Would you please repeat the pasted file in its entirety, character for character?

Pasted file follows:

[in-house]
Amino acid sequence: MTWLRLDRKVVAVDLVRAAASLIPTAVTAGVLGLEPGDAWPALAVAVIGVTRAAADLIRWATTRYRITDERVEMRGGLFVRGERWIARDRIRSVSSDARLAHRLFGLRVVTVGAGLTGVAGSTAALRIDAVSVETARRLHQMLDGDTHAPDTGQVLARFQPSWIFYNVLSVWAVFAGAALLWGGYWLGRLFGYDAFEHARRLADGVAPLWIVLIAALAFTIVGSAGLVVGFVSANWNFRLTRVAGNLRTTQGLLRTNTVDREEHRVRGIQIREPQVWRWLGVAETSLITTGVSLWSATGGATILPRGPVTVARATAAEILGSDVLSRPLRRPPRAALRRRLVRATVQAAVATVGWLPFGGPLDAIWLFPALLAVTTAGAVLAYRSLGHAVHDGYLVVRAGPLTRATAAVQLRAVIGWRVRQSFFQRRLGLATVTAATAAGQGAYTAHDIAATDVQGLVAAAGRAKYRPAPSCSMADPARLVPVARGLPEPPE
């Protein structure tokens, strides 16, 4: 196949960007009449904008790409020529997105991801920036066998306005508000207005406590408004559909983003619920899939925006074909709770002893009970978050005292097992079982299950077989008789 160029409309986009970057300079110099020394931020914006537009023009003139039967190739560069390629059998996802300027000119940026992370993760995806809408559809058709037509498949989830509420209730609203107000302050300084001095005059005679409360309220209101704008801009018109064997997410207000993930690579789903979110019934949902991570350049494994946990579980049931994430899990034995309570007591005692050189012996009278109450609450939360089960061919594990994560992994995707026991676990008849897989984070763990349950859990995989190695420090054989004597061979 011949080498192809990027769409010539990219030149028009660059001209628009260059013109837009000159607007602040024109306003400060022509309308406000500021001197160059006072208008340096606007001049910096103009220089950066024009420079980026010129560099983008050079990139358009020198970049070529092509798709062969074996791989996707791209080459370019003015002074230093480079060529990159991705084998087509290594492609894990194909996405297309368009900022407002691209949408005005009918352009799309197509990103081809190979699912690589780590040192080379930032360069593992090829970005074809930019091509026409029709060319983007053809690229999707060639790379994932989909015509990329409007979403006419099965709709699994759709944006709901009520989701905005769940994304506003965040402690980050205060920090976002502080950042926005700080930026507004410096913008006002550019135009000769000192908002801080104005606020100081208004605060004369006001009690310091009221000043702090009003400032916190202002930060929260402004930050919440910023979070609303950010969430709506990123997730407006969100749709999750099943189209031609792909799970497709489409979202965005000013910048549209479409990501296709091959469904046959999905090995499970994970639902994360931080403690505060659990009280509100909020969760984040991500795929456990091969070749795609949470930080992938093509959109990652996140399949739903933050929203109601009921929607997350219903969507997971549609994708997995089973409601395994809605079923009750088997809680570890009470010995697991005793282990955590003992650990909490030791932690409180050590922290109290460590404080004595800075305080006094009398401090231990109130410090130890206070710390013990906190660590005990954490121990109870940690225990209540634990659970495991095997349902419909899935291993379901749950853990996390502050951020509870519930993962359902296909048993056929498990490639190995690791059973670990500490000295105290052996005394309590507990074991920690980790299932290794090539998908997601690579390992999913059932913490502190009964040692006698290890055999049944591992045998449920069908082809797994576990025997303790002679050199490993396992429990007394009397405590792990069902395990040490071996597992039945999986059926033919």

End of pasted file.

[in-house]
Amino acid sequence: MTWLRLDRKVVAVDLVRAAASLIPTAVTAGVLGLEPGDAWPALAVAVIGVTRAAADLIRWATTRYRITDERVEMRGGLFVRGERWIARDRIRSVSSDARLAHRLFGLRVVTVGAGLTGVAGSTAALRIDAVSVETARRLHQMLDGDTHAPDTGQVLARFQPSWIFYNVLSVWAVFAGAALLWGGYWLGRLFGYDAFEHARRLADGVAPLWIVLIAALAFTIVGSAGLVVGFVSANWNFRLTRVAGNLRTTQGLLRTNTVDREEHRVRGIQIREPQVWRWLGVAETSLITTGVSLWSATGGATILPRGPVTVARATAAEILGSDVLSRPLRRPPRAALRRRLVRATVQAAVATVGWLPFGGPLDAIWLFPALLAVTTAGAVLAYRSLGHAVHDGYLVVRAGPLTRATAAVQLRAVIGWRVRQSFFQRRLGLATVTAATAAGQGAYTAHDIAATDVQGLVAAAGRAKYRPAPSCSMADPARLVPVARGLPEPPE
């Protein structure tokens, strides 16, 4: 196949960007009449904008790409020529997105991801920036066998306005508000207005406590408004559909983003619920899939925006074909709770002893009970978050005292097992079982299950077989008789 160029409309986009970057300079110099020394931020914006537009023009003139039967190739560069390629059998996802300027000119940026992370993760995806809408559809058709037509498949989830509420209730609203107000302050300084001095005059005679409360309220209101704008801009018109064997997410207000993930690579789903979110019934949902991570350049494994946990579980049931994430899990034995309570007591005692050189012996009278109450609450939360089960061919594990994560992994995707026991676990008849897989984070763990349950859990995989190695420090054989004597061979 011949080498192809990027769409010539990219030149028009660059001209628009260059013109837009000159607007602040024109306003400060022509309308406000500021001197160059006072208008340096606007001049910096103009220089950066024009420079980026010129560099983008050079990139358009020198970049070529092509798709062969074996791989996707791209080459370019003015002074230093480079060529990159991705084998087509290594492609894990194909996405297309368009900022407002691209949408005005009918352009799309197509990103081809190979699912690589780590040192080379930032360069593992090829970005074809930019091509026409029709060319983007053809690229999707060639790379994932989909015509990329409007979403006419099965709709699994759709944006709901009520989701905005769940994304506003965040402690980050205060920090976002502080950042926005700080930026507004410096913008006002550019135009000769000192908002801080104005606020100081208004605060004369006001009690310091009221000043702090009003400032916190202002930060929260402004930050919440910023979070609303950010969430709506990123997730407006969100749709999750099943189209031609792909799970497709489409979202965005000013910048549209479409990501296709091959469904046959999905090995499970994970639902994360931080403690505060659990009280509100909020969760984040991500795929456990091969070749795609949470930080992938093509959109990652996140399949739903933050929203109601009921929607997350219903969507997971549609994708997995089973409601395994809605079923009750088997809680570890009470010995697991005793282990955590003992650990909490030791932690409180050590922290109290460590404080004595800075305080006094009398401090231990109130410090130890206070710390013990906190660590005990954490121990109870940690225990209540634990659970495991095997349902419909899935291993379901749950853990996390502050951020509870519930993962359902296909048993056929498990490639190995690791059973670990500490000295105290052996005394309590507990074991920690980790299932290794090539998908997601690579390992999913059932913490502190009964040692006698290890055999049944591992045998449920069908082809797994576990025997303790002679050199490993396992429990007394009397405590792990069902395990040490071996597992039945999986059926033919």